Festivus is pretty much an anti-Christmas holiday. Instead of exchanging gifts, those celebrating Festivus air grievances and do feats of strength. Instead of a tree, the symbol of Festivus is an unadorned, aluminum pole which means nothing.
This year many in the media made a big deal over a beer can Festivus pole which was erected alongside the nativity scene in Florida's capital building. While I do think it makes the point about religious freedom and pluralism, I don't really want the secular alternative to Christmas to be meaningless symbols and ritualized complaining about each other.
A few years ago a bunch of us local freethought groups got together and put up our own holiday display beside the the nativity and menorah at the National Constitution Center. We chose a globe of the earth and the message: "Peace on Earth from your friendly neighborhood atheists, freethinkers, and humanists." Of course news outlets didn't cover that. In order to get media attention, we have to be cynical jerks.
If Reverend Billy, with his earnest and passionate cry for better behavior is my favorite form of holiday protest, Festivus is my least favorite.
Festivus as it first appeared on Seinfeld was a rather mean-spirited affair celebrated by rather horrible people. George wanted to use it to get out of holiday obligations, while Cramer wanted to use it to gain the benefits of having a holiday to celebrate. Both were acting on selfish impulses.
One year my mom actually received a card that read "Happy Festivus!" and which informed her that a donation had been made in her name to "The Human Fund." Since she hadn't seen that episode of Seinfeld, I had to explain to her that the card was an exact imitation of a card the character George had given to co-workers in order to avoid spending money (George just made up "The Human Fund"). That way he could still enjoy the social benefits of participating in holiday gift exchanges and being perceived as a generous person.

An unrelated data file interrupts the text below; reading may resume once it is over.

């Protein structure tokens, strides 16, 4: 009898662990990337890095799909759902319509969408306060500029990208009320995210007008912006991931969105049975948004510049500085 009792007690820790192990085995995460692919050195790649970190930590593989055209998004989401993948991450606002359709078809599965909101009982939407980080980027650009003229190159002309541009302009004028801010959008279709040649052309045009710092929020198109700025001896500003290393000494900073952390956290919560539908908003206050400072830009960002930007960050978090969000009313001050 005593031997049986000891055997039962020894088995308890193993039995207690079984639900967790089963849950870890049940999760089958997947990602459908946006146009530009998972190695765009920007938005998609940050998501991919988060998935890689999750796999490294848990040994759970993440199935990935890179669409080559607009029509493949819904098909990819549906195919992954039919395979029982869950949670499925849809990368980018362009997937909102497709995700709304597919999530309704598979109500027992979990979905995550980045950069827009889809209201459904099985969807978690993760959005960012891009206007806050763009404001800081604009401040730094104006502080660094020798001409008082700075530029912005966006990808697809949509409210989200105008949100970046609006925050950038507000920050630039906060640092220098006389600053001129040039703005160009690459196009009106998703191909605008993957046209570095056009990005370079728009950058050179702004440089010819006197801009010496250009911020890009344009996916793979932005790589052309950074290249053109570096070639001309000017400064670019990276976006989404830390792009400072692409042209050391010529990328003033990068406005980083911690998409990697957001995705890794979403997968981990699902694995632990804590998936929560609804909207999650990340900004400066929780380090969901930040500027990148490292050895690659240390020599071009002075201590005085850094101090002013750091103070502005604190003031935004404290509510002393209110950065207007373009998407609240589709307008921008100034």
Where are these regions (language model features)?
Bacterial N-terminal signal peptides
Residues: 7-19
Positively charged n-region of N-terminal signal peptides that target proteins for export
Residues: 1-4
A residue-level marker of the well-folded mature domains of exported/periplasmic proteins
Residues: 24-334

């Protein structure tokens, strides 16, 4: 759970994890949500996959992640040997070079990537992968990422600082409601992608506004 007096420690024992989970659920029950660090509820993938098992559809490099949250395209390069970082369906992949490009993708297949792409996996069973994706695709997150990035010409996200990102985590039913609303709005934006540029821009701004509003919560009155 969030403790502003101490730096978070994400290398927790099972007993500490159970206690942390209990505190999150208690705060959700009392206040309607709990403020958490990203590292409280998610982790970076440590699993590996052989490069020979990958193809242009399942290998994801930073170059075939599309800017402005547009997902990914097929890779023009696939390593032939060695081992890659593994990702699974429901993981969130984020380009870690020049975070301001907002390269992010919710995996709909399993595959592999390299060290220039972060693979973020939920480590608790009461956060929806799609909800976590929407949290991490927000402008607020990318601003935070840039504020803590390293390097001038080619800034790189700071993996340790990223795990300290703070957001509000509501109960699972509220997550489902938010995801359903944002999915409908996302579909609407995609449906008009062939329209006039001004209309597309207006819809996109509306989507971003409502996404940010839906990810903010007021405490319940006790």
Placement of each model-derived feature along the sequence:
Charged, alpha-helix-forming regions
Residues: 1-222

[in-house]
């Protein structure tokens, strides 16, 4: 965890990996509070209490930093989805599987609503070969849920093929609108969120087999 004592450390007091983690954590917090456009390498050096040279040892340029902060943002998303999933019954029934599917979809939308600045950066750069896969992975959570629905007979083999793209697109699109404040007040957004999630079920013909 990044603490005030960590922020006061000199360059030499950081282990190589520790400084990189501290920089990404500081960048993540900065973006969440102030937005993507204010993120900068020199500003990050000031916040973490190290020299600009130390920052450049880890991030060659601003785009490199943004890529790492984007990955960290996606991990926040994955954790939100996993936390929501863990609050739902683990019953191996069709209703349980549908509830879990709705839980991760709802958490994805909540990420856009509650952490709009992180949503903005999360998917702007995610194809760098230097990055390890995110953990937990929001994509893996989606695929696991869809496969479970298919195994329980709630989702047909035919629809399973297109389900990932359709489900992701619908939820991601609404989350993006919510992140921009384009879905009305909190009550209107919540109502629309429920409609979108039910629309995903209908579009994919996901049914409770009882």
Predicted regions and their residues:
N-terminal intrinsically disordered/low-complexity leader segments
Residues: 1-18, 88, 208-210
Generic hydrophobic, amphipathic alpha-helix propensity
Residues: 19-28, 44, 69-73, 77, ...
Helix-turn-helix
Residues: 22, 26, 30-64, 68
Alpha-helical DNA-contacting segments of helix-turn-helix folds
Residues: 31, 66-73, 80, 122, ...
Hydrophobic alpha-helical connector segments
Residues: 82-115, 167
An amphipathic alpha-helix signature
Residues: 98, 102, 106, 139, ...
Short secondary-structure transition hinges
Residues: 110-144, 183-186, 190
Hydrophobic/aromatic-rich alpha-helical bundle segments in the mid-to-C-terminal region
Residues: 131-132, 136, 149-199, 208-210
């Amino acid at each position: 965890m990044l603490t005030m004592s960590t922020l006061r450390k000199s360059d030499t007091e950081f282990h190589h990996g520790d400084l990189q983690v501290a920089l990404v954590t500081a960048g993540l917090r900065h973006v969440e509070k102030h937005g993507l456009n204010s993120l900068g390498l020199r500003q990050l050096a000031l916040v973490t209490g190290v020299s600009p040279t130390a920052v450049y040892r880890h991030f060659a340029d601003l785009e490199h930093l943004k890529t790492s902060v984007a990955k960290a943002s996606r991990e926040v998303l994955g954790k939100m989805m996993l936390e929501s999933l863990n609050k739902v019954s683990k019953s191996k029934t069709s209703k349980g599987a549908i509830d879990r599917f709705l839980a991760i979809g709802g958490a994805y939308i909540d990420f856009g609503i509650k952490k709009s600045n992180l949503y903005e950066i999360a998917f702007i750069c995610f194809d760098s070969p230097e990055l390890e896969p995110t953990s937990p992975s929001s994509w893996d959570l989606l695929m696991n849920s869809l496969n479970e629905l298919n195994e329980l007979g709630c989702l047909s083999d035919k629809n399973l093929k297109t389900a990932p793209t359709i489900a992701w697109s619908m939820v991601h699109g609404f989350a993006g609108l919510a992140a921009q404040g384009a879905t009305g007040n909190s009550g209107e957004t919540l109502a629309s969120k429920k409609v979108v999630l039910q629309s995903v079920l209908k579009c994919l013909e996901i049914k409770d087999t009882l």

Shouldn't Festivus inspire us to give to charities, buy less stupid crap as gifts, and try to celebrate the holiday season in a way which is meaningful and compassionate? When Jonathan Swift wrote A Modest Proposal, he aimed to inspire compassion and real aid for the poor, not get people to write their own versions of his essay over and over again and then revel in their own cleverness.
There have been times when I've read the Grinch and thought it was a nice tale about how things should be, but aren't. For so many people in the real world, it seems it's the stuff that matters most. But now I think Seuss was speaking the truth.
It's not that there's anything wrong with expressing our feelings of gratitude, admiration, or love with purchased gifts. Note that in the end, the Grinch gave everything back. The problem comes when we feel we must do it that way. When we lose sight of what really gives our lives meaning.
It truly doesn't matter to me if I get presents from the people I love. I just want to hear from and visit them. I want to know they're okay, and help if they're not. I don't need to give presents to anyone either. Nobody who truly knows and cares about me would think less of me if I gave up gift exchanges altogether. The gifts are merely an expression of what's already there.